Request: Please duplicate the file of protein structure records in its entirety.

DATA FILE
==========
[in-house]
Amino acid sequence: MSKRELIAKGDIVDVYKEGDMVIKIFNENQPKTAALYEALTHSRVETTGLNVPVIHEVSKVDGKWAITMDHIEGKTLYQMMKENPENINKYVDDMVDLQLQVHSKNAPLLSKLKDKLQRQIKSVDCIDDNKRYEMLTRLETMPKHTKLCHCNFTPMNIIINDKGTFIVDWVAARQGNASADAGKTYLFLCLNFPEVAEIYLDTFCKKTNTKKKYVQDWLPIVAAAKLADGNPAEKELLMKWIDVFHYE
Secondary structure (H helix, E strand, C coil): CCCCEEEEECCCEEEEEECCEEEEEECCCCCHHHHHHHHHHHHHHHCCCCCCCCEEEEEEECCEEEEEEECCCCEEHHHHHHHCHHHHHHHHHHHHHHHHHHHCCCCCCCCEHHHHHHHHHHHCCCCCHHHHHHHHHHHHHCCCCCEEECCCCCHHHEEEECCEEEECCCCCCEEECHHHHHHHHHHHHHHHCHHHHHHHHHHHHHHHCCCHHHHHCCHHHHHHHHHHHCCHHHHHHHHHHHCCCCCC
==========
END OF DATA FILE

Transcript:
[in-house]
Amino acid sequence: MSKRELIAKGDIVDVYKEGDMVIKIFNENQPKTAALYEALTHSRVETTGLNVPVIHEVSKVDGKWAITMDHIEGKTLYQMMKENPENINKYVDDMVDLQLQVHSKNAPLLSKLKDKLQRQIKSVDCIDDNKRYEMLTRLETMPKHTKLCHCNFTPMNIIINDKGTFIVDWVAARQGNASADAGKTYLFLCLNFPEVAEIYLDTFCKKTNTKKKYVQDWLPIVAAAKLADGNPAEKELLMKWIDVFHYE
Secondary structure (H helix, E strand, C coil): CCCCEEEEECCCEEEEEECCEEEEEECCCCCHHHHHHHHHHHHHHHCCCCCCCCEEEEEEECCEEEEEEECCCCEEHHHHHHHCHHHHHHHHHHHHHHHHHHHCCCCCCCCEHHHHHHHHHHHCCCCCHHHHHHHHHHHHHCCCCCEEECCCCCHHHEEEECCEEEECCCCCCEEECHHHHHHHHHHHHHHHCHHHHHHHHHHHHHHHCCCHHHHHCCHHHHHHHHHHHCCHHHHHHHHHHHCCCCCC